There’s an amazingly strident and anti-religous post on Yahoo News, “Tornado survivor vainly claims God saved him,” by Andrew Riggio. (The “vainly,” by the way, doesn’t mean “fruitlessly,” but “arrogantly”.) The man, curiously enough named Paul Lord, survived a tornado that killed several others. His “vain” statement?
“We are truly blessed. God saved us, and that’s what it’s about.”
Riggio responds, as many of us would:
That’s a load of baloney for several reasons.
For his statement to be true the events would have to have been under God’s direction. If so, describing anything about a tornado that destroys a town and kills several people a blessing is unwarranted. A true blessing would have been God’s hand directing the tornado away from the town so no one got killed and nothing got destroyed.
It’s also the height of hubris to claim God saved him. For that to be meaningful it must be assumed Lord was somehow more worthy of being saved than the five people the tornado killed. Three of the victims were girls of ages 5, 7 and 10 years old. Were those three children so vile in the eyes of God that they deserved death while Lord was deserving of rescue?
It goes on, but you get the drift. This is all true, of course: for God to save someone, He had to have a reason to let others die. But, oy, are the faithful howling in anger—especially for Riggio’s use of the word “vainly”—in the 624 comments that follow! For example:
This is obviously someone who believes, as is his right, that this life on this earth is all that there is. God has always taught that His ways are not comprehendable to us, so maybe He did spare a life while taking another for purposes we cannot understand.
Kleb • 22 hrs ago
Wooooooow. Bitter much? The author’s argument presupposes that from God’s point of view death is bad. People of “true faith”, as his last sentence mentions, are equally grateful to God for His providence in death as in life. Look at the great heroes in Christianity. When they died they weren’t bawling and begging God to spare them, they were profoundly relieved to be joining Him and, at the same time, deeply grateful for the ride they had been on in this world. From a Christian perspective, then, there is no inconsistency here. The survivor is grateful for the life God has given him here, as he should be, but that doesn’t mean he isn’t also looking forward to meeting the Lord.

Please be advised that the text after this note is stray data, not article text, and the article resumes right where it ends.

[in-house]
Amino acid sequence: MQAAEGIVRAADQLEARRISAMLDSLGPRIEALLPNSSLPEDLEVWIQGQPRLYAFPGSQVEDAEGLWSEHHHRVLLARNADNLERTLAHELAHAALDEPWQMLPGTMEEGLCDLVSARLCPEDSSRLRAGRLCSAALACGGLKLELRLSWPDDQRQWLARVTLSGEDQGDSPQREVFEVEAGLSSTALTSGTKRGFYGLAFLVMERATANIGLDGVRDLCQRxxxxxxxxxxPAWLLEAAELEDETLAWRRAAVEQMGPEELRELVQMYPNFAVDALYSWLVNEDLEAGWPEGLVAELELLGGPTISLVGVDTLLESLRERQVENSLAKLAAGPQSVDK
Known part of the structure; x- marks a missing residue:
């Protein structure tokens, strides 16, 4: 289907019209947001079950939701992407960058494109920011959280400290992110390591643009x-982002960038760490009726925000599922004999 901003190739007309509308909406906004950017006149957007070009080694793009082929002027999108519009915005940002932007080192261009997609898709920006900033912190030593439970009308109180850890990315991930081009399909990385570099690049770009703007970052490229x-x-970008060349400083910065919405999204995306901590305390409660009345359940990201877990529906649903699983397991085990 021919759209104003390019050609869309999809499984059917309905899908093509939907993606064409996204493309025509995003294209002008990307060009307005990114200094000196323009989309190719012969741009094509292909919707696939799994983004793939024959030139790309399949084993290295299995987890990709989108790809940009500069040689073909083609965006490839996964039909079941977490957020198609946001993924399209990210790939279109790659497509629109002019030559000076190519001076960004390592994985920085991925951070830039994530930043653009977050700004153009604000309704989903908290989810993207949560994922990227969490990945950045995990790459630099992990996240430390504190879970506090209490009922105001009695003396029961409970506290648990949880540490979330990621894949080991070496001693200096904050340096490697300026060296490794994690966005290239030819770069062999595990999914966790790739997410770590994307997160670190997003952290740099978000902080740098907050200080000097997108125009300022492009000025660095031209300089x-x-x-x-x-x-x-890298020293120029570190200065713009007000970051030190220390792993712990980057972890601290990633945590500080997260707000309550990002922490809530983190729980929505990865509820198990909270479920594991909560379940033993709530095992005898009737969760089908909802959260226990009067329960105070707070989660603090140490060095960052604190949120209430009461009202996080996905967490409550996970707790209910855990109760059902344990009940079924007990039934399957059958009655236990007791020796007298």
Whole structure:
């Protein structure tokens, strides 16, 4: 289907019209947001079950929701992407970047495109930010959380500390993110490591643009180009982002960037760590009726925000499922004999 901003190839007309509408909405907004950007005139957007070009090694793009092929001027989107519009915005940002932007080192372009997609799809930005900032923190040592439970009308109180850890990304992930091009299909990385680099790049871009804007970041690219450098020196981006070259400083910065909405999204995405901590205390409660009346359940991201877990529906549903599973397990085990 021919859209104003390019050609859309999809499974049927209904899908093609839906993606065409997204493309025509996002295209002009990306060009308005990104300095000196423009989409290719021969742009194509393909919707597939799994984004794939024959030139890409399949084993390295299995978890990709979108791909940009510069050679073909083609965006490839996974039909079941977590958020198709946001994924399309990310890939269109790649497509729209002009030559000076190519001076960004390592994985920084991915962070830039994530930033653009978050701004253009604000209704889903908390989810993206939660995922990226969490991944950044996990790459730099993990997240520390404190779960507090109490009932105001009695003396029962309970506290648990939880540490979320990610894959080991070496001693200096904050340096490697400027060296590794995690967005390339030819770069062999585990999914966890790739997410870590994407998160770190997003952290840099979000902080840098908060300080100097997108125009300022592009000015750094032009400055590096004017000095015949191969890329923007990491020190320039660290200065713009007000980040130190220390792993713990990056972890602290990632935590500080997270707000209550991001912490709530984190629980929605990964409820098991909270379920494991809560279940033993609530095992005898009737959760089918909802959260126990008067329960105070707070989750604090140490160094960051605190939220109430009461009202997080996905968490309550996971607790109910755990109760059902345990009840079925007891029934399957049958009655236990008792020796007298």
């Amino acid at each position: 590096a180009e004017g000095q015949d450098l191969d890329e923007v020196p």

Whoa! Should we be grateful to God for asking 6 million Jews to join Him during the Holocaust?
Karen W • 1 day 1 hr ago
Riggio, What gives you the right to pass judgement on someone else’s belief’s? I bet if you stood in his shoes and survived what he went through you’d suddenly believe in miracles too!
Get a life and get a real job! You’re obviously no good at what you do!
Clearly these people haven’t thought deeply about theodicy and the problem of evil. I’d love to talk to some of them about why God lets tornadoes kill innocent little children and animals.
But amidst the howls one can also discern a few voices of reason:
Ted • 21 hrs ago
The problem is that human beings respect logic. If Paul Lord was honest with his assessment he would have thanked God for sparing his life and in the same breath criticized God for killing those three little girls? I mean, is God responsible for all things or not? You can’t have it one way and disregard the other. Atheists cut to the chase; they say God is not responsible for any of it; it is just nature (probabilities and chance), no mysterious guiding hand to assign blame or gratitude to. If you think about it, this makes sense.
Obviously, God is too busy picking baseball, football and NASCAR winners to be bothered with saving Paulie from twisters. Ask any of them… they always seem to have god’s help.
h/t: Darth Dog